Past Features

November 2, 2017

Better border technology needed?

Marquette Wire -- October 31, 2017    
DUFAULT: Effective surveillance technology needed on US-Mexico border
    With all the technological advancements humanity has made, it's hard to believe that we still have not found an alternative to a wall as a border defense mechanism.
    I am referring to President Donald Trump's perhaps most prolific campaign promise: the Mexico-United States border wall. Trump hopes the wall, which is projected to be 30 feet tall, is going to be a physically imposing barrier that separates the US from Mexico. Whether one likes it or not, it's beginning to look like this wall is going to become a reality. Prototypes have already been built in San Diego to test the effectiveness of this proposed border defense.
    For now, the wall may be the best bet for a temporary solution to immigration concerns. However, the wall will only work if the government implements costly surveillance technology and keeps border violence at a minimum. Technology is just not good enough at the moment for any other type of border security to be possible.
    Trump has pushed the fact that the current border fence is not holding up well, which an NBC broadcast showing immigrants jumping the fence illustrated perfectly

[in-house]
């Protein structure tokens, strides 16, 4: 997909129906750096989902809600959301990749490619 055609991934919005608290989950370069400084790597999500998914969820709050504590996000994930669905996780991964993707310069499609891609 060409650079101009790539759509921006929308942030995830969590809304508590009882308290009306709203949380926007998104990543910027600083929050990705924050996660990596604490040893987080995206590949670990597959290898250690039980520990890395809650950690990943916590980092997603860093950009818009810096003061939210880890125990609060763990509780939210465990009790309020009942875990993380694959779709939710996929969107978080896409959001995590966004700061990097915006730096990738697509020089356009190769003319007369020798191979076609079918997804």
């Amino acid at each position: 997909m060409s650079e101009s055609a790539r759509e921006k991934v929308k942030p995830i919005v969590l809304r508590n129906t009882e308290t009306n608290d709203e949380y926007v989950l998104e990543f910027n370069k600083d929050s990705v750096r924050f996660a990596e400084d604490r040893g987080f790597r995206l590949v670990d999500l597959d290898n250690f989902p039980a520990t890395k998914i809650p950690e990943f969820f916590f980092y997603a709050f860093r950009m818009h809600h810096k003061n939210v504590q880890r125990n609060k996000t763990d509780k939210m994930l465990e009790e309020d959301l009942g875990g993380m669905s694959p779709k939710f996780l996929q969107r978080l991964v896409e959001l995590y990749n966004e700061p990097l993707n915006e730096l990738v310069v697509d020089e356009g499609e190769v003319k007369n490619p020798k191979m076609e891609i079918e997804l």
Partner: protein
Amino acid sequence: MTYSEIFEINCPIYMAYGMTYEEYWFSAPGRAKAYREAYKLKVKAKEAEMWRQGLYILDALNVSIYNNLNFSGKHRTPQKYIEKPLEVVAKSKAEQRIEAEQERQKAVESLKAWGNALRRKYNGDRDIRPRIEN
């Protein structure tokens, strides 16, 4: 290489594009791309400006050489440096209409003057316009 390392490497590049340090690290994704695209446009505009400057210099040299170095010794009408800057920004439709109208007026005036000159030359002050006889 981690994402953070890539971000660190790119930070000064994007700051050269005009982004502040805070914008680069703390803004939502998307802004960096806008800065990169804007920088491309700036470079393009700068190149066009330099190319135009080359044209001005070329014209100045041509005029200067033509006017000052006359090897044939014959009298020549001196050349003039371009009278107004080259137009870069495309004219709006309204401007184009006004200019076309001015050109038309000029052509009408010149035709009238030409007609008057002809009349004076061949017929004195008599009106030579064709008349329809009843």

But the multibillion-dollar question is whether it will work. Prototypes may bring the U.S. closer to understanding its efficacy, but they do not paint a full picture. Additionally, the wall is estimated to cost about $70 billion dollars plus an extra $150 million annually for maintenance. That's costly for a project that has no guarantee of efficiency or efficacy.
    There are ways that the U.S. government can attempt to make this barrier more practical. The United States needs to find technology outside of physical barriers and border patrol agents if it wants to prevent undocumented persons from entering the country. However, this doesn't mean that engineers worldwide haven't found ways to improve a fence or wall border patrol system. [...]
    The use of non-aggressive technology, however, may soften the blow the wall will have on the United States' relations with Mexico. Though the wall is still physically imposing, non-violent surveillance technology may negate the amount of aggression at the border.
    While the feeling of separation will always exist, technology like cameras and sensors can help apprehend immigrants before they even attempt to cross the border, without the need for violence.
    In the end, only time will tell the effect that the border wall will have on both the United States and Mexico.